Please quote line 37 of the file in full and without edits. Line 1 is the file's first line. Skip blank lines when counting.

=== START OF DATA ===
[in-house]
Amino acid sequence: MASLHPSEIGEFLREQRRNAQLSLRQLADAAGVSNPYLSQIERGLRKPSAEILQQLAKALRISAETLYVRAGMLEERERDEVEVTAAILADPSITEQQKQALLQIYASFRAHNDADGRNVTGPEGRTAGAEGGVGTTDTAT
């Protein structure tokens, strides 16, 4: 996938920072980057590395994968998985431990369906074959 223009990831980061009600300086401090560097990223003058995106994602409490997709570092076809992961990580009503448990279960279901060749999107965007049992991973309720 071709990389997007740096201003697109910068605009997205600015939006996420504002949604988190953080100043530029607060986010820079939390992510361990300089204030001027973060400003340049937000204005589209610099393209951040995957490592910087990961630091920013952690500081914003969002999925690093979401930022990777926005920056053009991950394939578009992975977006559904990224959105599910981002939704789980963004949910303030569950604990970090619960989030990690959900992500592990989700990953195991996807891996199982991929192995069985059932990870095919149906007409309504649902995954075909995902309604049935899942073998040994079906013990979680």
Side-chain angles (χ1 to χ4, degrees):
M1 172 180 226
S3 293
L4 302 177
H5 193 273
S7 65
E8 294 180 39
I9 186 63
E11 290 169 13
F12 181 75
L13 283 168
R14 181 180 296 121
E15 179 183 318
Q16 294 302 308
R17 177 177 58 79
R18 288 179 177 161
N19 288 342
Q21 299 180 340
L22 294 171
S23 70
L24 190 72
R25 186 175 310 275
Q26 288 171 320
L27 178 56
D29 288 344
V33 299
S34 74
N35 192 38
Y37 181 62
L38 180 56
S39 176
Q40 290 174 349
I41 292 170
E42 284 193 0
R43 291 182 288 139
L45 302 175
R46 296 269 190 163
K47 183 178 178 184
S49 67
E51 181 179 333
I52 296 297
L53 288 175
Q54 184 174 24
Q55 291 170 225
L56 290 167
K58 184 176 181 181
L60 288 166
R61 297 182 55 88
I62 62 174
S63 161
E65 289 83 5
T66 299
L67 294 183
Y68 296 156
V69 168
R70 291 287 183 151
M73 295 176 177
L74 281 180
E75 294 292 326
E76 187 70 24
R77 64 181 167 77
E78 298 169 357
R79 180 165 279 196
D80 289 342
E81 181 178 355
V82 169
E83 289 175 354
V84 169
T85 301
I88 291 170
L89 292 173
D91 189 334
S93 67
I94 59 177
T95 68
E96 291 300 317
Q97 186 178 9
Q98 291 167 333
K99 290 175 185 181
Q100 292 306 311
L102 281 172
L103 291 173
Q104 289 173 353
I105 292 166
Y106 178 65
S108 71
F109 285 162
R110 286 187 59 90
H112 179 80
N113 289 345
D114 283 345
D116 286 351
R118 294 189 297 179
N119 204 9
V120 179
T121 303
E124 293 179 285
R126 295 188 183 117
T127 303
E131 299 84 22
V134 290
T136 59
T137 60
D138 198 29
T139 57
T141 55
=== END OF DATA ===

E42 284 193 0